It was still snowing when I left Jay Peak yesterday and temperatures were forecasted to remain below freezing. So I had no reason to suspect conditions would deteriorate overnight. But I quickly discovered during my skin up Goat that the snow had been wind blasted into a crust. The snow was oreo cookie like: crust on dust on crust.

My plan was to ascend Goat and evaluate options including some combination of Poma Line, Upper Ullr’s, or JFK using Weddlemaster as a skin track back to Alligator Alley with a final descent down Green Mountain Boys (which had treated me well the day before). But the crusty snow only got worse the higher I went.

Continue reading

Jay: Milk to GMB

Green Mountain Boys

A decent sized crowd of skinners (for Jay) fanned out from Stateside Lodge. I opted for Wiggle to Hell’s Crossing to Northway for the ascent. Snow depths varied from bare ground to deep drifts. The wind clearly had its way with Jay as it usually does. Conditions appeared to favor wind sheltered areas. I was thinking about skinning to Can Am but assumed it wouldn’t ski well due to being massively exposed. I started my first descent down Upper Milk Run. If Milk Run skied well, I would skin back up and around to Can Am. If not, I’d head to “greener” pastures.

Turns were very nice on Milk Run but the snow didn’t feel like the foot and a half four day total. Following the flow of the trail, I skied the best that Milk Run had to offer. It was a solid untracked powder run but produced less excitement than anticipated. At the bottom of Upper Milk, I looked up Wiggle and down Taxi and ultimately decided on skiing down Taxi and catching the skin track up Goat.

Continue reading

Jay: Early Season Leftovers

Vermonter

The posts started appearing on my phone last weekend during a layover in Atlanta. As we were heading out of the country for a week, Vermont was starting to experience its best last week of October storm in ten years. Perhaps that bodes well because 2006 was a banner year for me with 22 powder days. But even that thought provided little comfort while enjoying a missed connection layover in Atlanta (thanks, Delta) on the first day of a vacation.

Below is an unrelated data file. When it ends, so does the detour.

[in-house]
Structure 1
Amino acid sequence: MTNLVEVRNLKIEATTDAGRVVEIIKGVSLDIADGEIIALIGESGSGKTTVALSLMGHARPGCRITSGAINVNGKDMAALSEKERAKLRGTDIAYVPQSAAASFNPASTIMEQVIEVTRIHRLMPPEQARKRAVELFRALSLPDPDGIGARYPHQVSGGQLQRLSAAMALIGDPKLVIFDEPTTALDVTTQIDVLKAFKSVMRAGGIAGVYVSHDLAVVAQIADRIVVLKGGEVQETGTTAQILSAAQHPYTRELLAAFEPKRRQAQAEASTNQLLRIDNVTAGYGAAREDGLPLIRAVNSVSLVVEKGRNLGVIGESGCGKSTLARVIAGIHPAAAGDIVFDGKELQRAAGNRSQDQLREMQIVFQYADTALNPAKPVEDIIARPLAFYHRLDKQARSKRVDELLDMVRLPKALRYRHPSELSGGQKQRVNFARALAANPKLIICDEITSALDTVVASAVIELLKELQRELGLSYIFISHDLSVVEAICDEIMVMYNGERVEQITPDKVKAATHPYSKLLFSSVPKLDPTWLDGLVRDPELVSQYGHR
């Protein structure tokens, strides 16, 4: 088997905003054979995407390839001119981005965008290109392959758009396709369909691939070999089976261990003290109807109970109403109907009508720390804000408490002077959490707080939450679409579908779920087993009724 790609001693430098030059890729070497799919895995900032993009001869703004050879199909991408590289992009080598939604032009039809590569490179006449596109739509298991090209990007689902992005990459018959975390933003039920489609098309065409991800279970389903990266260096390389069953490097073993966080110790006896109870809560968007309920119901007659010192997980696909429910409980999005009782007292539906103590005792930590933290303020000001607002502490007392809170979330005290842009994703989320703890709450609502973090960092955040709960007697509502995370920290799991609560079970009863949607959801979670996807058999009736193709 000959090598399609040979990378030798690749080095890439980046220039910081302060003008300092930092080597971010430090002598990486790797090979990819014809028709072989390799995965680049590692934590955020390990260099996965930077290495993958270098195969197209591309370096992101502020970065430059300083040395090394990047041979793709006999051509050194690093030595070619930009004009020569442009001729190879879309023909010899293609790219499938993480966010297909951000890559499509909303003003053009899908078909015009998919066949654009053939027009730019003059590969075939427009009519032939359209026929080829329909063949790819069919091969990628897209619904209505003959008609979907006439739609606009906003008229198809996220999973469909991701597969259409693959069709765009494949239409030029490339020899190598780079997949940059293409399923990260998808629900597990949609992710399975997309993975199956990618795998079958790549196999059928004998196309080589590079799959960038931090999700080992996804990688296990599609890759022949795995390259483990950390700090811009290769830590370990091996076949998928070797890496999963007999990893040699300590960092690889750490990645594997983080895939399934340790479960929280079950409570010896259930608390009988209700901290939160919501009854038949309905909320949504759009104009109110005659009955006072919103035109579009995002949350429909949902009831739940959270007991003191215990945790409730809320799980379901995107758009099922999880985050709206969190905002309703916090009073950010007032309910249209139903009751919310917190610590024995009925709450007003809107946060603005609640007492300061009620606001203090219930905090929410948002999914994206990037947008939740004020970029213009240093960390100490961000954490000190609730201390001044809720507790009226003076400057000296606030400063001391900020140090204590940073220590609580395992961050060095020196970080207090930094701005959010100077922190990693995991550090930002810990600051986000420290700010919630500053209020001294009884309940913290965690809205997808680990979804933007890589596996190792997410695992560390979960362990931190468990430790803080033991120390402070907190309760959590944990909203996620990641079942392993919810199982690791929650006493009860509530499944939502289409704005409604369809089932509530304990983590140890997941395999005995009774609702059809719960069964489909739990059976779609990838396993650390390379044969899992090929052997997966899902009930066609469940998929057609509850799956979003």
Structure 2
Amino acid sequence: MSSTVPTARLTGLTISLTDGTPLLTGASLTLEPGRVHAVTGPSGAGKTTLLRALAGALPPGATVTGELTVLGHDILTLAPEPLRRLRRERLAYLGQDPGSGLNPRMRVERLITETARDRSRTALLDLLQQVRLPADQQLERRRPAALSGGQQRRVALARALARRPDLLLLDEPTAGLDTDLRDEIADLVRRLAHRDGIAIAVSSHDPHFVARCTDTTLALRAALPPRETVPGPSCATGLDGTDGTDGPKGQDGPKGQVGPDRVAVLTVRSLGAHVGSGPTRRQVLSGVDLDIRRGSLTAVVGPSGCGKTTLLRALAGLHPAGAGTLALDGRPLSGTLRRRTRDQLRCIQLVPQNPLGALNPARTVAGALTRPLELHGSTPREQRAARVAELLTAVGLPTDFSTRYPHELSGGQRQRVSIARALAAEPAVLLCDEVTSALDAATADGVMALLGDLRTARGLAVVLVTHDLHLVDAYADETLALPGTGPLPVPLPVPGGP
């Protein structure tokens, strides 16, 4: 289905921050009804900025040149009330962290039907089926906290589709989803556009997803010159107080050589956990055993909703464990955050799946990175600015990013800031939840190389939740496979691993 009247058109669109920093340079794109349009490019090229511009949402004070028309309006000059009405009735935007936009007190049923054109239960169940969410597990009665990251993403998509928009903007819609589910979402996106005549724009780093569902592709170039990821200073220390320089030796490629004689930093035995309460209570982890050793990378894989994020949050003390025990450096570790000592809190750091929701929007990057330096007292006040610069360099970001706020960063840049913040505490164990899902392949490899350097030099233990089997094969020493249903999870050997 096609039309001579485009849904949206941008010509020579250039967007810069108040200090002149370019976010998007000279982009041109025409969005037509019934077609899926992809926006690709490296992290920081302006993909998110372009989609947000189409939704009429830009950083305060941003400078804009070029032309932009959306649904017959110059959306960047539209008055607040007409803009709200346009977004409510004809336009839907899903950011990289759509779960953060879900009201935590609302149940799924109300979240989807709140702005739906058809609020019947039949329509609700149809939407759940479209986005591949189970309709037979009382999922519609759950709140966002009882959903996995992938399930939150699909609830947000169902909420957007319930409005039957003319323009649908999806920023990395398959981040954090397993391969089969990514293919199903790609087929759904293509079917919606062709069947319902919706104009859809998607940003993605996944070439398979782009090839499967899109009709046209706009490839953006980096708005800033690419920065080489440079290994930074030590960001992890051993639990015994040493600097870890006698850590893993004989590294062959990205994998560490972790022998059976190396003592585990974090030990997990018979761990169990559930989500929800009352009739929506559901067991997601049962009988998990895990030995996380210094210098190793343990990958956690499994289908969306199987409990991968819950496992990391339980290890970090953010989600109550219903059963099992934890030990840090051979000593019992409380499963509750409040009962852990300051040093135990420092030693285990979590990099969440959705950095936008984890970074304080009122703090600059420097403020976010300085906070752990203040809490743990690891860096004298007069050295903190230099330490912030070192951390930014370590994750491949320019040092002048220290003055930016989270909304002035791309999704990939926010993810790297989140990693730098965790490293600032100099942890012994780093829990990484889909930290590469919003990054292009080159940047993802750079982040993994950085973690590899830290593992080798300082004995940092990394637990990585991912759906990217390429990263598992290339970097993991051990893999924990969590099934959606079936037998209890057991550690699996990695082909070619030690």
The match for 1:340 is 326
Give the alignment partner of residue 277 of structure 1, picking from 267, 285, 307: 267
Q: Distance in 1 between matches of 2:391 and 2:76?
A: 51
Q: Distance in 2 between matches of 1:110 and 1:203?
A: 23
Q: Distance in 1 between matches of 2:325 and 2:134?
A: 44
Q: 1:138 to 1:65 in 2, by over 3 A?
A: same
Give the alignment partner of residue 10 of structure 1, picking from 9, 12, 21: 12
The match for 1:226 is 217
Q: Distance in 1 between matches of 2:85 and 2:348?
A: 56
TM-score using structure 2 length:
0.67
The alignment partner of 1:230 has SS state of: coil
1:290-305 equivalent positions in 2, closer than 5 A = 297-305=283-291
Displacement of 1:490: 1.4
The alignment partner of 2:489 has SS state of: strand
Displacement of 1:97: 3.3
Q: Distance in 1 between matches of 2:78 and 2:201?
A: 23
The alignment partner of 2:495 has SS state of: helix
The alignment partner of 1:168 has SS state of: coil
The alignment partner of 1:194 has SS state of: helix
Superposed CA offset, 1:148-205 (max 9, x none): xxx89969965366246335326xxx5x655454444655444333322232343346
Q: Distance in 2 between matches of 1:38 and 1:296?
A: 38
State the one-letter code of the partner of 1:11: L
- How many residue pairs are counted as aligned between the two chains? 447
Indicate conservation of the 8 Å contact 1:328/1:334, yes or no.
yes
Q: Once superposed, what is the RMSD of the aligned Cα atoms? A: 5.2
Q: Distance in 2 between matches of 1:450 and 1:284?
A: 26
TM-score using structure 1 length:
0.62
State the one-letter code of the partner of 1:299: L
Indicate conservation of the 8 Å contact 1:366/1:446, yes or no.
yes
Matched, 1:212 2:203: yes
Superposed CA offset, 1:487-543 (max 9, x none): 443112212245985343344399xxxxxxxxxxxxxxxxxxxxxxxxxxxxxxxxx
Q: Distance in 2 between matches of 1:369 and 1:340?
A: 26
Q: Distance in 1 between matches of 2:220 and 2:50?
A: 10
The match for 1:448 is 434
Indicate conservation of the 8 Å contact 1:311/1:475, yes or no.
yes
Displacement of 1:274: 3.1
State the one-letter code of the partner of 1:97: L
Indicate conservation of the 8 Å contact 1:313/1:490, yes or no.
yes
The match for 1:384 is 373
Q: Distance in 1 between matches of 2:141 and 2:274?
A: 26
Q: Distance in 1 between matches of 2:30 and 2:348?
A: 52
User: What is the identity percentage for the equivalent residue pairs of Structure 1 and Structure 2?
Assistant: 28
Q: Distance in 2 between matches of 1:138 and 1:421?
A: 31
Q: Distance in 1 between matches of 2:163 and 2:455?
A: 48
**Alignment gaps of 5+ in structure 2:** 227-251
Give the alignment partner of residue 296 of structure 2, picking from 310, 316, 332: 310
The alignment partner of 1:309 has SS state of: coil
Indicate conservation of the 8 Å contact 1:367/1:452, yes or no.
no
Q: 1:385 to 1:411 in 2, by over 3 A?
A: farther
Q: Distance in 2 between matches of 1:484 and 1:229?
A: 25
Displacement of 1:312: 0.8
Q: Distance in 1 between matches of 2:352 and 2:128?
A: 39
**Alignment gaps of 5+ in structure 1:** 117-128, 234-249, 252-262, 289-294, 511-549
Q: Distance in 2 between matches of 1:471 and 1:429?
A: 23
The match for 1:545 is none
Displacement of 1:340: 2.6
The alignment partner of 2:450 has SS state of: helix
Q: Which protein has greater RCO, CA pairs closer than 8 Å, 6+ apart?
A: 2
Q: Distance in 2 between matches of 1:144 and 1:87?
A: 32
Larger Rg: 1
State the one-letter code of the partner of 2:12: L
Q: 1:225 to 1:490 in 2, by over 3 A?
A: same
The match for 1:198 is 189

The second half of October is an attractive time for me to schedule tropical vacations. Hurricane season is almost over but ski season has usually not yet begun (or lifts will just be firing up upon our return). Travel prices are at their lowest point of the year and I am at my highest need of time off. Sometimes it works out well like two years ago when we flew in Logan during the first snow of the year. And sometimes, like this year, I miss several days of skiing amazing early season earned turn powder.

We got home after midnight on Thursday and I was drained from the travel. I had several errands to run on Friday (including having my snow wheels/tires installed) and then I had to work on Saturday. During Saturday, I watched from my window at work as the sky opened up and rain poured down. A quick glance at the weather suggested that no mountain and no elevation in New England would be spared the snow destroying deluge.

Continue reading